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About the Author

is the editor of the ECOreport (www.theecoreport.com), a website dedicated to exploring how our lifestyle choices and technologies affect the West Coast of North America and writes for both Clean Techncia and PlanetSave. He is a research junkie who has written hundreds of articles since he was first published in 1982. Roy lives on Cortes Island, BC, Canada.



  • Todd

    “In the real world, wind and solar combined delivered about 23 per cent of German electricity sent out in 2013, but the actual daily output varied between 10 per cent and 50 per cent.” http://www.coolibahconsulting.com.au/TiP/2014/05/25/the-german-question-2/

    • Bob_Wallace

      So what we would need to do is to invent some way to move some of the production from times of high output to times of low output, eh? Wonder how that might be done?

      Perhaps we could pump some water up high when there’s extra electricity and then let it flow back through turbines when we need more. Like we now do with nuclear.

      Or perhaps someone could invent a pot of chemicals that would store up energy and spit it back when we want some.

      We could even use extra electricity to crack water into hydrogen and then use the hydrogen to generate when needed.

      I’ll bet some clever person can figure out how to pull it off….

      • Hans

        Or someone might come up with the idea of variable pricing that could stimulate flexible users to shift their demand to low price periods.

        Or someone might come up with the idea to build cables to other countries where demand and weather are different.

      • 42apples

        That is something that should have been thought of before deploying expensive offshore wind turbines that are paid to sit idle.

        And a clever person would not propose using electricity to generate hydrogen to generate electricity. We have something called a battery that is a whole lot cheaper and more efficient.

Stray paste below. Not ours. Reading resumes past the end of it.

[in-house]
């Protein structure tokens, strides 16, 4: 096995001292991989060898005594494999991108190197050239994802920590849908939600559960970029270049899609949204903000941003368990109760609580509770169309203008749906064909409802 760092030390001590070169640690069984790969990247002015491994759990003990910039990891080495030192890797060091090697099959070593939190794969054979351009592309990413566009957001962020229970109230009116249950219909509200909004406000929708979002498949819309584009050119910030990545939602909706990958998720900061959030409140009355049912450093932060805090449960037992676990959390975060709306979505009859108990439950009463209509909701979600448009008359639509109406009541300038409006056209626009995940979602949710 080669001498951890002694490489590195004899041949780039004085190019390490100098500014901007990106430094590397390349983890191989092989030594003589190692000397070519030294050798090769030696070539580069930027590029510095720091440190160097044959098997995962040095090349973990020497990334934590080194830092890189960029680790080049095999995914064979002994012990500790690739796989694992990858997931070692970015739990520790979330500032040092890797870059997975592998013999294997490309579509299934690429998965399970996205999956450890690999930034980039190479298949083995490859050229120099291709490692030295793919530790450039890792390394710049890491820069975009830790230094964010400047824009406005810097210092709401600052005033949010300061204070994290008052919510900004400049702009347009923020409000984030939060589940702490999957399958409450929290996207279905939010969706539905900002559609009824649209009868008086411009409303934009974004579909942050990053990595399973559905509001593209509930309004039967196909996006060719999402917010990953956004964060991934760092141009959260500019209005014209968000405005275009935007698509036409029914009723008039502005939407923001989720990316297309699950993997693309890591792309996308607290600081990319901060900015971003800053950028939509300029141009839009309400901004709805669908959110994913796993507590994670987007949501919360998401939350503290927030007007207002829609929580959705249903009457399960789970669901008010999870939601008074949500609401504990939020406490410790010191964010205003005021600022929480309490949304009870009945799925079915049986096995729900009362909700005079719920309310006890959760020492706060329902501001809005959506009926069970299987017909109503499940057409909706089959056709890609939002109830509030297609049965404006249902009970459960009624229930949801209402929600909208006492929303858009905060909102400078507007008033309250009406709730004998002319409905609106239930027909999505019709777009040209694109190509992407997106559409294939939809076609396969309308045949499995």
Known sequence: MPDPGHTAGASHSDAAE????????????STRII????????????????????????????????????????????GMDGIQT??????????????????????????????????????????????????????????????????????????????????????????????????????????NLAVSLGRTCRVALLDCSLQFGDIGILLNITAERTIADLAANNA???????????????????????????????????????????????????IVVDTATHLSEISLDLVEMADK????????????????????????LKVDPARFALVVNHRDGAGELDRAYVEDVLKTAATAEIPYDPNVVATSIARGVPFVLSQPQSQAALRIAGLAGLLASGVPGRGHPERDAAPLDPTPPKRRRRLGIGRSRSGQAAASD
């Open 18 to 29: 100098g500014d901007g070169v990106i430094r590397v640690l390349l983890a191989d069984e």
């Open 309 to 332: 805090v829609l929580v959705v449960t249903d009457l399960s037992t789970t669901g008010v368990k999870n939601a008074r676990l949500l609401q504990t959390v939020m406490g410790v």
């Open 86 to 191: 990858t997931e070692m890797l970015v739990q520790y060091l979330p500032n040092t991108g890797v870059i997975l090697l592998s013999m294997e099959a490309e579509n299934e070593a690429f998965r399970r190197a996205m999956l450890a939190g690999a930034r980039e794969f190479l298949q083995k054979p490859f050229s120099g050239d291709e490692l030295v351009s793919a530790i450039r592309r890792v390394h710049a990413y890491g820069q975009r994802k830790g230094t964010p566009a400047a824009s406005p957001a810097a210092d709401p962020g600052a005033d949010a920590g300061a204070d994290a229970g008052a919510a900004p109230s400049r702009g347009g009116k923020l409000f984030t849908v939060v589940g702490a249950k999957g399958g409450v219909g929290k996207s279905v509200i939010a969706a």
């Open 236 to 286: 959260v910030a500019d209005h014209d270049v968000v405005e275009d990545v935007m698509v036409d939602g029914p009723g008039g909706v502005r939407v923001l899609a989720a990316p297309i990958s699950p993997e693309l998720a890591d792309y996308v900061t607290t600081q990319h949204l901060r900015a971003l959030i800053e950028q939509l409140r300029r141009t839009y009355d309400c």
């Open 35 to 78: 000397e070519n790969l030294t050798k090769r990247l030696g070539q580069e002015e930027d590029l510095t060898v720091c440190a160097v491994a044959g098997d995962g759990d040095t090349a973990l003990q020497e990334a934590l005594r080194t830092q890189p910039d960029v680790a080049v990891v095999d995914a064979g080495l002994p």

• Bob_Wallace

          How to deal with storage has been under discussion for some time. It doesn’t make sense to install storage until there’s enough surplus generation to make the storage pay for itself. When surpluses are low it’s cheapest to curtail, to pay wind turbines to shut down.

          It may be cheaper to store hydrogen for long term/deep backup than to store in batteries. Storage probably won’t be “one size fits all”.

          • 42apples

            Just another additional cost of wind. Why exactly is Germany deploying incredibly expensive offshore wind that they can’t even use? (US figures here, I doubt the picture is much different in Germany: http://www.eia.gov/forecasts/aeo/electricity_generation.cfm)

            Storage may not be one-size fits all, but water, batteries, flywheels, and capacitors are far cheaper and more efficient than hydrogen will ever be.

          • Bob_Wallace

            Germany got a bit ahead with offshore turbine installation. They need to ramp up transmission.

            Not everything is smoothly coordinated, even in Germany.

            It may well be that other storage systems will be cheaper than hydrogen. Time will tell. But do remember that if you’re wanting to store energy for months hydrogen might be cheaper to store than other technologies. Long term storage is different than short term storage.